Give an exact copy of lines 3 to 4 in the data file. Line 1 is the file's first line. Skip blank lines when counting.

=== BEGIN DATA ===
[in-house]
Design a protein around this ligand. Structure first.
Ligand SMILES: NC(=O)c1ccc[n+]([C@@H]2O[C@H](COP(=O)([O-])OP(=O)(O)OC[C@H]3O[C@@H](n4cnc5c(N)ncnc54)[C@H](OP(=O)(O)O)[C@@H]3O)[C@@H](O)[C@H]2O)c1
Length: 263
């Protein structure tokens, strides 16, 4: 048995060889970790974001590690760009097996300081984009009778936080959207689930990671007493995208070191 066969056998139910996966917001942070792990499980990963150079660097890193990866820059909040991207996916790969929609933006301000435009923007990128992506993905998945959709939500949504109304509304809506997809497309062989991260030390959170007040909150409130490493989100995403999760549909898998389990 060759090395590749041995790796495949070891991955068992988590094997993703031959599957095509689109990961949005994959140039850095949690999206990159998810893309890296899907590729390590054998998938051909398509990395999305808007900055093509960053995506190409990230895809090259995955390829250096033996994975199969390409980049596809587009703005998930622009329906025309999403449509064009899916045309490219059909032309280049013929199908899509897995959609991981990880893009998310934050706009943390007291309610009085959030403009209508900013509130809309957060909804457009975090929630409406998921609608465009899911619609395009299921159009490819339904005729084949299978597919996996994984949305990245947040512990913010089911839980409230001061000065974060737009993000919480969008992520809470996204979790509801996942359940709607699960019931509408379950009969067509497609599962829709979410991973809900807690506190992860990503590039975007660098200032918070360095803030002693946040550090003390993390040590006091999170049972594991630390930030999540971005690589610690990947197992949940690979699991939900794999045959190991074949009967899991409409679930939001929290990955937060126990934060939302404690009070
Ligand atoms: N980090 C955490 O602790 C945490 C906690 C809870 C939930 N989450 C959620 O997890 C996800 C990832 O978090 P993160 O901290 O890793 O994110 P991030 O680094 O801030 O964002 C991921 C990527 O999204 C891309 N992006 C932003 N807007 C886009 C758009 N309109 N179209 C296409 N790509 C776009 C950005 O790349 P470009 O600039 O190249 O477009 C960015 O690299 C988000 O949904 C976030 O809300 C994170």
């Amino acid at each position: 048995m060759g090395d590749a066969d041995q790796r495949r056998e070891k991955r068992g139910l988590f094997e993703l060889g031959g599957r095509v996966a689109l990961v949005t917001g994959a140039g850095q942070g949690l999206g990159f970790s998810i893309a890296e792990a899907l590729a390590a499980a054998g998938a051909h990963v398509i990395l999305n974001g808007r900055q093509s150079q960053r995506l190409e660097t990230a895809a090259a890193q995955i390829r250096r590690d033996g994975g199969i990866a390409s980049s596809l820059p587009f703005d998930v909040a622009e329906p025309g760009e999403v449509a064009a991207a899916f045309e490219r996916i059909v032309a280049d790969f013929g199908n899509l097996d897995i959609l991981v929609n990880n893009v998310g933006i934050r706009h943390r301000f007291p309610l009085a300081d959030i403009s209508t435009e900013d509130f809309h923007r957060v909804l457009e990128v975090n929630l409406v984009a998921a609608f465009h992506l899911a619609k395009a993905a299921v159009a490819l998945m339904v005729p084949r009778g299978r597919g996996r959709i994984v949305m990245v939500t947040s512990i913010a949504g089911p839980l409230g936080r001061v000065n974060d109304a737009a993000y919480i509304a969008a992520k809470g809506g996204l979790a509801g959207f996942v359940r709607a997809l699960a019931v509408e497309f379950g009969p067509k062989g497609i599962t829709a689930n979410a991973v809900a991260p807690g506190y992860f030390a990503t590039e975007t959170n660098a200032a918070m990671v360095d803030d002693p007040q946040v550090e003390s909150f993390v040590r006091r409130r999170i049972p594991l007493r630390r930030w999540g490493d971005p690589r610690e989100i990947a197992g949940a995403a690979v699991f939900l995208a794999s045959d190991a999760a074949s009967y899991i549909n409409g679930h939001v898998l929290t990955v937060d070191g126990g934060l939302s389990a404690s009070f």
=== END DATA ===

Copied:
Ligand SMILES: NC(=O)c1ccc[n+]([C@@H]2O[C@H](COP(=O)([O-])OP(=O)(O)OC[C@H]3O[C@@H](n4cnc5c(N)ncnc54)[C@H](OP(=O)(O)O)[C@@H]3O)[C@@H](O)[C@H]2O)c1
Length: 263